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Which party pooper placed land transformation at the end?

Anything about Greatturn in general, not related to a specific match.

Re: Which party pooper placed land transformation at the end

Postby Major Nimrod » Wed Apr 09, 2014 6:15 pm

My disagreement remains strongly with regards to Swamps and Jungle tiles.

From Bardo's README regarding his modified Terrain tiles:

Capture.PNG


You'll notice that Swamps, Jungles and Tundra are heavily affected. That's fine, but the ability to transform Jungle and Swamp tiles is heavily changed. In the default ruleset, Swamps and Jungles may be irrigated in order to bring about grasslands, or mined to bring about forests (if memory serves!). Most players are used to that, old or new. However, that's not the case here. Irrigation only increases food on swamps, but there is zero shield or trade production... ever (unless you found a city on the tile). They can not be mined to bring about Forests. These changes require the ability to Transform tiles... which only Geoengineers can do.

Now, this is Bardo's ruleset after all. And he's certainly put his stamp on it. But I wonder... why limit the ability to transform Jungles & Swamps until nearly the end game? It simply doesn't make sense. It would be far more reasonable to allow Engineers the ability to Transform tiles, but perhaps limit the tiles that can be transformed to Jungle, Swamp and Tundra (after all, they are the tiles *most* affected by this ruleset). This would allow incremental transformations to occur. Engineers would not simply be faster workers, they would have the ability to transform some (but not all) tiles until Geoengineers become available (which can transform nearly anything, apparently).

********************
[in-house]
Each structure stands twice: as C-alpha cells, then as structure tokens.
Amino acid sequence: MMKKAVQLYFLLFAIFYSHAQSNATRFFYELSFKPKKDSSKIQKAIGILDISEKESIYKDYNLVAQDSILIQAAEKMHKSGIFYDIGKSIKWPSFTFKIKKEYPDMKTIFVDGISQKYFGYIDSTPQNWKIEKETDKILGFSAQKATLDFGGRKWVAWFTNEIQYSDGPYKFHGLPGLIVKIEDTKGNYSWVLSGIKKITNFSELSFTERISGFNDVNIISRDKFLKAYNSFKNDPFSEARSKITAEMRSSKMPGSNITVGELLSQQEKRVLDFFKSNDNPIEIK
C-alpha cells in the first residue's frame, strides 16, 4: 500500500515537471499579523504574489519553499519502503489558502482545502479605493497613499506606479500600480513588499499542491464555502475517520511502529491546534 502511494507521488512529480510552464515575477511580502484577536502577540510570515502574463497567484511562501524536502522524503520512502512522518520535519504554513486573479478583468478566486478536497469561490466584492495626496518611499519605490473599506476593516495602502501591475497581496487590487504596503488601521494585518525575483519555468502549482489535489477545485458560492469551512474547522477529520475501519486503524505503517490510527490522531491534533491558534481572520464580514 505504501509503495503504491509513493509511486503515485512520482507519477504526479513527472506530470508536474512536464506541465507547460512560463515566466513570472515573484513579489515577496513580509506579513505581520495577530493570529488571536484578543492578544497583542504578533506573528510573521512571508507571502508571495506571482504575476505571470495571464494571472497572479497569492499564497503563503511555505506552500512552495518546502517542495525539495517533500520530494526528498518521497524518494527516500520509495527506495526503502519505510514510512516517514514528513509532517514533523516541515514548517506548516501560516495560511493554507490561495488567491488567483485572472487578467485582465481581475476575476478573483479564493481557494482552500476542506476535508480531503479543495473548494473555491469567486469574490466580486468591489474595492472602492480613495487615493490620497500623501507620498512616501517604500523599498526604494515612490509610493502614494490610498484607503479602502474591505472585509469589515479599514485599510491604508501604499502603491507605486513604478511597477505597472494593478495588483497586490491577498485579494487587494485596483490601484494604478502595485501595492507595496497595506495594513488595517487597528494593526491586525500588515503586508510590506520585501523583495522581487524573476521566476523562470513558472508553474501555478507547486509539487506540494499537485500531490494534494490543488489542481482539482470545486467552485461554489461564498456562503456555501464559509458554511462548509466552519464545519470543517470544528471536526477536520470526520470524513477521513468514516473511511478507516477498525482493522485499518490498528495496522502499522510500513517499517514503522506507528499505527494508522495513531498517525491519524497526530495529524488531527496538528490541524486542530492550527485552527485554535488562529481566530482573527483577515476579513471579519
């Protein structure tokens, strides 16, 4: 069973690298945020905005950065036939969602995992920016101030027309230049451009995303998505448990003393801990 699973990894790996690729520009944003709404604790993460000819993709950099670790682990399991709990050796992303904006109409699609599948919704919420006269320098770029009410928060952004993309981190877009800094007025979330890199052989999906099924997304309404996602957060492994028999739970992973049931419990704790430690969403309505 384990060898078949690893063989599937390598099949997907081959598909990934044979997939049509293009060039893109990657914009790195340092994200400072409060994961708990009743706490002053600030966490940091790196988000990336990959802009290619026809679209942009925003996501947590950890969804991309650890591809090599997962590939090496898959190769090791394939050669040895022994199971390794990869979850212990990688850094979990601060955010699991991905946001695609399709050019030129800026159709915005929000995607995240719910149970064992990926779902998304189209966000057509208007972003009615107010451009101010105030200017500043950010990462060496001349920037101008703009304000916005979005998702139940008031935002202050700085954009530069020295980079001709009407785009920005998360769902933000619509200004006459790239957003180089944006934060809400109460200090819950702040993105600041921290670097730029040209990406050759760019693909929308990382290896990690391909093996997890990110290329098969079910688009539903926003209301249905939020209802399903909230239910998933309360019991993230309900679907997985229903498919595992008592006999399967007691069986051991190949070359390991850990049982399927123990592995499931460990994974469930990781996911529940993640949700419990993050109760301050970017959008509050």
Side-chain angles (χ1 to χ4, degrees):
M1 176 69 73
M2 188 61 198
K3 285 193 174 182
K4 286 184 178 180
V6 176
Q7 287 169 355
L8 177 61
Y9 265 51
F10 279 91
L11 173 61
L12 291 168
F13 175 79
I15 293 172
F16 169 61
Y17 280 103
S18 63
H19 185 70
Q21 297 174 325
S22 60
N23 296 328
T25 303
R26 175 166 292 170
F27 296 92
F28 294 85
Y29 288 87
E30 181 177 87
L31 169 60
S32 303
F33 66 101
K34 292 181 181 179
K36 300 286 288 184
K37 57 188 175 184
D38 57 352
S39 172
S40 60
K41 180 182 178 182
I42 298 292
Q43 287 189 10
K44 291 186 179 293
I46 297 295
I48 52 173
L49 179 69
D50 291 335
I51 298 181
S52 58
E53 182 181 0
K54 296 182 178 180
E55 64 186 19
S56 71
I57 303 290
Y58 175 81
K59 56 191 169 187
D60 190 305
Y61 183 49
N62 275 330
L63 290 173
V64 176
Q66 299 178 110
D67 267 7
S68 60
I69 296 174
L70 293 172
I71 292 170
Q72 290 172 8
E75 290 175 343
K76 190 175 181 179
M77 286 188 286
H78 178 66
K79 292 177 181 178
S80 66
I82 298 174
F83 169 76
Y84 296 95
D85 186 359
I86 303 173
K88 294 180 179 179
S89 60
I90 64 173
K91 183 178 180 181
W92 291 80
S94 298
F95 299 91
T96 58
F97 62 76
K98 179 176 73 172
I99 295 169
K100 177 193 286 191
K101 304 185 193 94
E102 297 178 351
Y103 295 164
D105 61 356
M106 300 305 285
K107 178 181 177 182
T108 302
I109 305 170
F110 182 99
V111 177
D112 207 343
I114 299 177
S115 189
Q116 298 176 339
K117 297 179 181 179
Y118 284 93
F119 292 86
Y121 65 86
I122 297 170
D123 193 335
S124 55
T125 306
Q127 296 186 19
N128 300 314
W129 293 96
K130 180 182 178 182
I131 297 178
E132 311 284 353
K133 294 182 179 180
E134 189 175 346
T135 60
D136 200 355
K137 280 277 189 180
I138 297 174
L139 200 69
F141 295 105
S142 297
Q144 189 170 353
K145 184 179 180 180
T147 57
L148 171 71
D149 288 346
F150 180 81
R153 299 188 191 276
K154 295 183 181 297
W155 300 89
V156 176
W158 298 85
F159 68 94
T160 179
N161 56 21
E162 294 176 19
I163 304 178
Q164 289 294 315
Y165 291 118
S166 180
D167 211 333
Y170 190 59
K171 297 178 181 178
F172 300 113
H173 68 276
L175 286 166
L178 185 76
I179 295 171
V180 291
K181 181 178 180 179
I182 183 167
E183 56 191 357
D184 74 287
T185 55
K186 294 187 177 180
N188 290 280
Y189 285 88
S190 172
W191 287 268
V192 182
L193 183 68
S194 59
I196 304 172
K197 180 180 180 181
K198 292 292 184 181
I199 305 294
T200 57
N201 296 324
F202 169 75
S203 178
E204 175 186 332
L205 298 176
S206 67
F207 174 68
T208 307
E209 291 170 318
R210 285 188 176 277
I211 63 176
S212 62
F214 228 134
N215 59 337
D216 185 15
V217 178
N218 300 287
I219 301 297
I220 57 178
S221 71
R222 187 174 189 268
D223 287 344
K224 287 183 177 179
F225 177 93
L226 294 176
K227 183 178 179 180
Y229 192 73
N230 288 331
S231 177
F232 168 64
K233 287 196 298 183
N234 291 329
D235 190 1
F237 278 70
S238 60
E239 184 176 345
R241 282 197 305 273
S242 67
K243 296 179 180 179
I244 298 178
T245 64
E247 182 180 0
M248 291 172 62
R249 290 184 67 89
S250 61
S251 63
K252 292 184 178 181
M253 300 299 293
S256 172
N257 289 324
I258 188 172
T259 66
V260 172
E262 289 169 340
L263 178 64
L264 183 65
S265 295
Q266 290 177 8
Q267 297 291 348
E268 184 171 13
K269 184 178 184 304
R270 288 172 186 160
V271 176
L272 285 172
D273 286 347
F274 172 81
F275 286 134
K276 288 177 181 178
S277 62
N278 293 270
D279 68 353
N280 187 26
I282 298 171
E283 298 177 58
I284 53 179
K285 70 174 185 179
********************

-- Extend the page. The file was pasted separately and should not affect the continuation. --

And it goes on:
However, this is not the case. Engineers are unable to transform anything, and are simply faster workers. I think that's a waste. Perhaps this was an all or nothing situation, where the coding wouldn't allow selectively determining which transforms a unit can do, and cannot. In which case Bardo must have decided that, in his world, transformations simply were not allowed until the end game. I think that's a shame because these heavily changed tiles remain relatively useless for a long, long time.

It would be interesting if Bardo could weigh in on this issue, and tell us his reasoning behind these decisions.
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Re: Which party pooper placed land transformation at the end

Postby morphles » Wed Apr 09, 2014 6:51 pm

Transform is all or nothing ability currently, you can not choose this unit can transform only that. You can however disabled transforms on individual terrains.

With regards to swamps, yeah they kinda suck, so explore better maybe? But for gt9 I do not agree with that at all, resorources are sickly abundant, and peat, is just kick ass resource, as I think I said previously its best IMO, irrigate and you get 2,4,0; yeah trade sucks, but sustainable food on such high prod? Awesome! Jungles seem to suck though. Though again in such a high special game I find all of it irrelevant. Or easily workable around to be more precise.
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Re: Which party pooper placed land transformation at the end

Postby kevin55I » Wed Apr 09, 2014 7:08 pm

Without terraforming eco war is much much more viable
This is not a joke.
In fact it seems to be a standard tactic. The small poxers fight dirty!
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Re: Which party pooper placed land transformation at the end

Postby Major Nimrod » Wed Apr 09, 2014 8:43 pm

If transforms on specific land types is the only way to control it, then I suggest re-instating the ability to modify swamps and jungles without having to resort to using transformations. I'm talking in general, not about GT09 in specifc. This thread is posted under General Discussion, after all.

Bardo (the ruleset author) is active on another thread lately concerning unit tactics. I've pointed him to this particular thread, with the hope of finding out his thoughts about all of this. Looking forward to hearing straight from the horse's mouth :)
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Re: Which party pooper placed land transformation at the end

Postby Corbeau » Wed Apr 09, 2014 9:17 pm

morphles wrote: